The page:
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      Induced metabolic alkalosis affects muscle metabolism and repeated-sprint ability.

      Medicine and Science in Sports and Exercise

      pharmacology, Adult, Alkalosis, physiopathology, Analysis of Variance, Bicycling, physiology, Exercise Test, Female, Humans, Hydrogen-Ion Concentration, Lactates, metabolism, Muscle, Skeletal, Pulmonary Gas Exchange, Sodium Bicarbonate, administration & dosage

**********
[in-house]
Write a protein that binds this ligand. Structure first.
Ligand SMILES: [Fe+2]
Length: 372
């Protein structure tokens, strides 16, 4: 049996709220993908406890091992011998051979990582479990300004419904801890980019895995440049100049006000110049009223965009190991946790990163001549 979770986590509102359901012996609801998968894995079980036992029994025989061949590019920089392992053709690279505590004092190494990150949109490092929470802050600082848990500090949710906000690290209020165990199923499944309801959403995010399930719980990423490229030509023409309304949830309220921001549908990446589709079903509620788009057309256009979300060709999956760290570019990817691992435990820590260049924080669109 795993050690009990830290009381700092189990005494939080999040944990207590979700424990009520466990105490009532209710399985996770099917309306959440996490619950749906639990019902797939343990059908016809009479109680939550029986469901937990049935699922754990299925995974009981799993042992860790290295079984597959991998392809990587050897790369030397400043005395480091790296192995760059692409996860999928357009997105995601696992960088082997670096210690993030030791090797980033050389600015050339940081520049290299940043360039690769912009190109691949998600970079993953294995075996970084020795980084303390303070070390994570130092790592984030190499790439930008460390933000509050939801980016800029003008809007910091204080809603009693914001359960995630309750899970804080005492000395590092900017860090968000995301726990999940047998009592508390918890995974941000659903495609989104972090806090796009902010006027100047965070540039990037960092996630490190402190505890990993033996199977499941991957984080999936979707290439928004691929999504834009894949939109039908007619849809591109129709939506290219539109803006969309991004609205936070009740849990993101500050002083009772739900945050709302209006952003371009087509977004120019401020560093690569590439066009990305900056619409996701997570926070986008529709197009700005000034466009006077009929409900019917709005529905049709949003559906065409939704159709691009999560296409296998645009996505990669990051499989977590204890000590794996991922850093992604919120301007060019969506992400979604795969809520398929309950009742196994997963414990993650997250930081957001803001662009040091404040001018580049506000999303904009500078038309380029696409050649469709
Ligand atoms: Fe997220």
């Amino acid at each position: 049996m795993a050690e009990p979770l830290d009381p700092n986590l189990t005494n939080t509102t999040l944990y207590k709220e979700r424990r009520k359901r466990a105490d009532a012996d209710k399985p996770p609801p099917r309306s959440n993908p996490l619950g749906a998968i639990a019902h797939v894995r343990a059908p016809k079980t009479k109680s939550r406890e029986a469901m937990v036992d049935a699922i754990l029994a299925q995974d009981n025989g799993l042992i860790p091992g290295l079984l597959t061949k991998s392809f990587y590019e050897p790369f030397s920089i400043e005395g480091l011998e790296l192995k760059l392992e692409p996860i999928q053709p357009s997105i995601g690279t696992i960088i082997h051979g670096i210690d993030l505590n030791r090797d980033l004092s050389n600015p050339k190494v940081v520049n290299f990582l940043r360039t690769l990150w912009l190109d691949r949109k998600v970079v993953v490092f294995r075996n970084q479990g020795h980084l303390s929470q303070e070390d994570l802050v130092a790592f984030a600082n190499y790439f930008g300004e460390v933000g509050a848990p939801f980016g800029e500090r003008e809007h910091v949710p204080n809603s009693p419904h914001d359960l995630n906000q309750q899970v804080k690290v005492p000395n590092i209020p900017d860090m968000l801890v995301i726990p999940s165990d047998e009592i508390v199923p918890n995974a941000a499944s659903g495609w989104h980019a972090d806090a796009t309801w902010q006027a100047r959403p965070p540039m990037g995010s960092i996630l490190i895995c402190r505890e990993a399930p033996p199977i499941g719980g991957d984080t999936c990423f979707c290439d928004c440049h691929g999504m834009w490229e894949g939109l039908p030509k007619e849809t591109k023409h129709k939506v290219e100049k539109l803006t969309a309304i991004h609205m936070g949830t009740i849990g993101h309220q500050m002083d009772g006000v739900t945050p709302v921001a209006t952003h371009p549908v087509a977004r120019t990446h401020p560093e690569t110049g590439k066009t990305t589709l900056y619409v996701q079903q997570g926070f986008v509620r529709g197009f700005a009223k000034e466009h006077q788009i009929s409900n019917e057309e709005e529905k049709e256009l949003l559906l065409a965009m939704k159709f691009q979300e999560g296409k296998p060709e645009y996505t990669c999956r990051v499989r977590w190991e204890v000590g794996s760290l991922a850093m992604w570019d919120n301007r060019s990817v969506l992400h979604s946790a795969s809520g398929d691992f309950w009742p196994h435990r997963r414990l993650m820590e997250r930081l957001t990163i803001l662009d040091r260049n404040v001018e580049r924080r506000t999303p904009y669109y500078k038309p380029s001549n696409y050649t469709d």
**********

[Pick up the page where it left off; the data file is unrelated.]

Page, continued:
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          The purpose of this study was to assess the effects of induced metabolic alkalosis, via sodium bicarbonate (NaHCO3) ingestion, on muscle metabolism and power output during repeated short-duration cycle sprints. : Ten active females (mean +/- SD: age = 19 +/- 2 yr, VO2max = 41.0 +/- 8.8 mL x kg x min ) ingested either 0.3 g x kg NaHCO3 or 0.207 g x kg of NaCl (CON), in a double-blind, random, counterbalanced order, 90 min before performing a repeated-sprint ability (RSA) test (5 x 6-s all-out cycle sprints every 30 s). Compared with CON, there was a significant increase in resting blood bicarbonate concentration [HCO3] (23.6 +/- 1.1 vs 30.0 +/- 3.0 mmol x L ) and pH (7.42 +/- 0.02 vs 7.50 +/- 0.04), but no significant difference in resting lactate concentration [La] (0.8 +/- 0.2 vs 0.8 +/- 0.3 mmol x L ) during the NaHCO3 trial. Muscle biopsies revealed no significant difference in resting muscle [La], pH, or buffer capacity (beta(in vitro)) between trials (P > 0.05). Compared with CON, the NaHCO3 trial resulted in a significant increase in total work (15.7 +/- 3.0 vs 16.5 +/- 3.1 kJ) and a significant improvement in work and power output in sprints 3, 4, and 5. Despite no significant difference in posttest muscle pH between conditions, the NaHCO3 trial resulted in significantly greater posttest muscle [La]. As NaHCO3 ingestion does not increase resting muscle pH or beta(in vitro), it is likely that the improved performance is a result of the greater extracellular buffer concentration increasing H efflux from the muscles into the blood. The significant increase in posttest muscle [La] in NaHCO3 suggests that an increased anaerobic energy contribution is one mechanism by which NaHCO3 ingestion improved RSA.

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